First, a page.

Birding and more...Newsletter
2010 / Issue 3


Birds tend to keep their distance, so binoculars are essential for any birder who’d like to get a closer look. However, with so many shapes, sizes and designs, choosing the right binoculars for your birding needs can be a challenge. Hopefully this little article will help demystify the task. Binoculars are typically described by a couple of numbers like 8x21 or 10x50 – but what do these numbers mean? Well, the first number is the binoculars’ magnification. For instance, ‘8x’ means the binoculars will make things look 8 times as large as the unaided human eye. The second number refers to the size of the objective lens. For instance, ‘21’ means the objective lens has a diameter of 21mm. The larger the objective lens, the more light that is captured by the binoculars.binoculars diagram  The combination of 'objective lens' size and 'magnification' will determine how bright an image will look through the binoculars. For birding, you should choose binoculars which have an objective lens size that is at least four times as big as the magnification (but no more than 7 times). For instance,  if you want '8x' magnification, you should buy binoculars that are somewhere between 8x32 and 8x56.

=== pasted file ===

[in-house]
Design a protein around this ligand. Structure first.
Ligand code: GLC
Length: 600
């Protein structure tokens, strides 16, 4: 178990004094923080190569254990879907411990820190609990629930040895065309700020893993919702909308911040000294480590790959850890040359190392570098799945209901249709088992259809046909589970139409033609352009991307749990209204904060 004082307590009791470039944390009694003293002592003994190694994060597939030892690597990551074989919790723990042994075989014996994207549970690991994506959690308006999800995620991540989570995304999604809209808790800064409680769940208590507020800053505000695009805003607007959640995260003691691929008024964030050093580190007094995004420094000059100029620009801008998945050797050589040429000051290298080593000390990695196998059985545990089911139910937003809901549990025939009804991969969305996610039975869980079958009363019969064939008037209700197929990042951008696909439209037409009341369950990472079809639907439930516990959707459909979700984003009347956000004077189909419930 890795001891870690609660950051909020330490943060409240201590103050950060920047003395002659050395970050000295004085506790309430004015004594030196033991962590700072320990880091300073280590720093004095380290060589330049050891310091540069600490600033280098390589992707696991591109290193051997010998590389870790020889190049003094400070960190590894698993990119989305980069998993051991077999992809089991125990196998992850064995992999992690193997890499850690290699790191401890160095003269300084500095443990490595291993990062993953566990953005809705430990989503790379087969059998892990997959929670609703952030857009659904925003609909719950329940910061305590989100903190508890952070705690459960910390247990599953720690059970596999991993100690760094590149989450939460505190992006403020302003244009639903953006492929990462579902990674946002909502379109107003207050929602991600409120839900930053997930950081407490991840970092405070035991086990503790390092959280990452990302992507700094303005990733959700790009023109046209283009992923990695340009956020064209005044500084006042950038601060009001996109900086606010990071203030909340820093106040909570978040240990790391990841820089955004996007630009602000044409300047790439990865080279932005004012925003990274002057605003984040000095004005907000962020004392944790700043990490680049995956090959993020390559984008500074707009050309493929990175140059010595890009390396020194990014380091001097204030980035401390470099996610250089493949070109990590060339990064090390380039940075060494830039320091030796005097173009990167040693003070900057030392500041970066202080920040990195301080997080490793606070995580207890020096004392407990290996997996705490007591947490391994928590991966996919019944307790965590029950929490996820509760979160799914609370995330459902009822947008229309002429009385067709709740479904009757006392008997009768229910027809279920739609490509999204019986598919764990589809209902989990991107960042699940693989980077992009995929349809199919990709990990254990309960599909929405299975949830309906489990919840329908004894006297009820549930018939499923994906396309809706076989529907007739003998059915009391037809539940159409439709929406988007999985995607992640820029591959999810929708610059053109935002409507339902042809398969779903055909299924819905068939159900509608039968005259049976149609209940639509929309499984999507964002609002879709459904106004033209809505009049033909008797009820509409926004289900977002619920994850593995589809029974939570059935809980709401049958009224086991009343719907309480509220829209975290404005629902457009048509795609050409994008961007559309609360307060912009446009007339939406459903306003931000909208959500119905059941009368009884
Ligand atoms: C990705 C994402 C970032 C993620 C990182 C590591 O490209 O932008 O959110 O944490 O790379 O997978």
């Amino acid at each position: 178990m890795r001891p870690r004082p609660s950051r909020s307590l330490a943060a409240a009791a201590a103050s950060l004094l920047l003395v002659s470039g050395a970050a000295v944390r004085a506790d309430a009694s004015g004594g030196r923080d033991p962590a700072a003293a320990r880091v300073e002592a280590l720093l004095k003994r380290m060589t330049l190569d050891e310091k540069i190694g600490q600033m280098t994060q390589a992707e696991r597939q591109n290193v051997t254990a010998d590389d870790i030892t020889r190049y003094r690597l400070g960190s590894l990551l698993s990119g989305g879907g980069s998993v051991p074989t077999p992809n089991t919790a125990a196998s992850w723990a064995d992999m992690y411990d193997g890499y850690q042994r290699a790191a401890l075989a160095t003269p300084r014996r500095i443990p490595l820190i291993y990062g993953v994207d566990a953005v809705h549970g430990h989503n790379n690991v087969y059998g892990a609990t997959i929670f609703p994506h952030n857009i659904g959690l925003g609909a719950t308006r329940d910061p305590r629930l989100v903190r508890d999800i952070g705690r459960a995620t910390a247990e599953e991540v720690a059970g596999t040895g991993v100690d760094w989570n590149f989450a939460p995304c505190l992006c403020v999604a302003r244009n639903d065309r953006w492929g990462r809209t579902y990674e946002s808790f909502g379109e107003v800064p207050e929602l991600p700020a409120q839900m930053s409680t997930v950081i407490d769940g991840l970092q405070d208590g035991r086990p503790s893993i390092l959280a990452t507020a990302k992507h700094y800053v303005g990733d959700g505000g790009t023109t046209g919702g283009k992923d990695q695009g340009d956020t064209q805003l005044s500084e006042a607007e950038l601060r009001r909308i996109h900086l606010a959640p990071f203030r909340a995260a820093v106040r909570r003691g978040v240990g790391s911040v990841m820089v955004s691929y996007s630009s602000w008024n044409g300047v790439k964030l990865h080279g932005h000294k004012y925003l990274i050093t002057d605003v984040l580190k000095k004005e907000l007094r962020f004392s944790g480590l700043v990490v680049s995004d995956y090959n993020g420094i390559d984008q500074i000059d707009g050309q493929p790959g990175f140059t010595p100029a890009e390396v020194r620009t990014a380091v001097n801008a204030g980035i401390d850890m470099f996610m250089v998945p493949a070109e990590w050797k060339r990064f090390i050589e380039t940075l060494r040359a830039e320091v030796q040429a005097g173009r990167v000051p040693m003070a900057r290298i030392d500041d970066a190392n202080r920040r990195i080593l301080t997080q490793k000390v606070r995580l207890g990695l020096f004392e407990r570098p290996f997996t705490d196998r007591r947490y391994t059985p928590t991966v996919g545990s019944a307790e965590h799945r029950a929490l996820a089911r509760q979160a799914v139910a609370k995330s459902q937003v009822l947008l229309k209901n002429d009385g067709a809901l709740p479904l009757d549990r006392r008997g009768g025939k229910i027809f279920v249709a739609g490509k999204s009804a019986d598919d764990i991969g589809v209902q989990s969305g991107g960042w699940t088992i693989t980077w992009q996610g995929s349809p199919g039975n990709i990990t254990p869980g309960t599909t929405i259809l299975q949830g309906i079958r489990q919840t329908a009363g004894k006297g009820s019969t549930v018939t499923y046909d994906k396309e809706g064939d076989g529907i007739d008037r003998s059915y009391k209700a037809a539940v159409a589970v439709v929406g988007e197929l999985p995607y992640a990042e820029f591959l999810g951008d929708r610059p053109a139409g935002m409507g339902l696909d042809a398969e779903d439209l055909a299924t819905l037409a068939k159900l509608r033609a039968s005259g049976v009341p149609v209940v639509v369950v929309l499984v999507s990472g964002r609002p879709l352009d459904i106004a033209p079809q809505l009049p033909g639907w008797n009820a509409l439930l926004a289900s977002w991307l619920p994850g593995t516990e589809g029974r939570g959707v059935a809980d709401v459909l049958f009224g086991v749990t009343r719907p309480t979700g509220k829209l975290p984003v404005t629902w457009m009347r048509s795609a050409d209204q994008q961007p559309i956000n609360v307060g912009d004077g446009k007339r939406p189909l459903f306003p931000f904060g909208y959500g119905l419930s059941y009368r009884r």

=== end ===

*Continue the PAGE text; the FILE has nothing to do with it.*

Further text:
Other important factors to consider are:
Magnification: Best for birding is 7x, 8x, or 10x. The 10x will obviously get you a little closer, but lower magnifications are steadier and their inherently wider field of view will make it easier to spot birds.
Avoid zoom binoculars.
Lens coating:  You'll want "multi-coated" lenses or "fully multi-coated" lenses. Avoid binoculars which only have "fully coated" lenses.
Focus type: You'll want centre focus, and the focus should be fluid and easy to use. The focus wheel should go from 'close-up' to 'infinity' within one full rotation or less. Avoid "no-focus" binoculars, and avoid those that have individual focus eyepieces.
Weight: To avoid fatigue, get a pair that is less than 30oz (that is, less than 850 grams).
Prism type: I would recommend the less expensive 'tried and true' porro prism system, but any system that fits your budget will do.

So, to sum up, you'll want binoculars that give you the best combination of power, brightness, and field of view. You'll want fast focus and you'll also want to be able to see close up. They should have centre focus with multi-coated lenses. They should feel comfortable in your hands and be as light weight as possible.

I recommend going to a store where you can try out several binoculars that match your specifications and pick the ones that perform well, feel right, and fit your budget.

What's New at

A new location has been added to the Places to Bird page.

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Picture of the week
"Pine Siskin"
picture of a Pine Siskin
From the Backyard Birds gallery on our website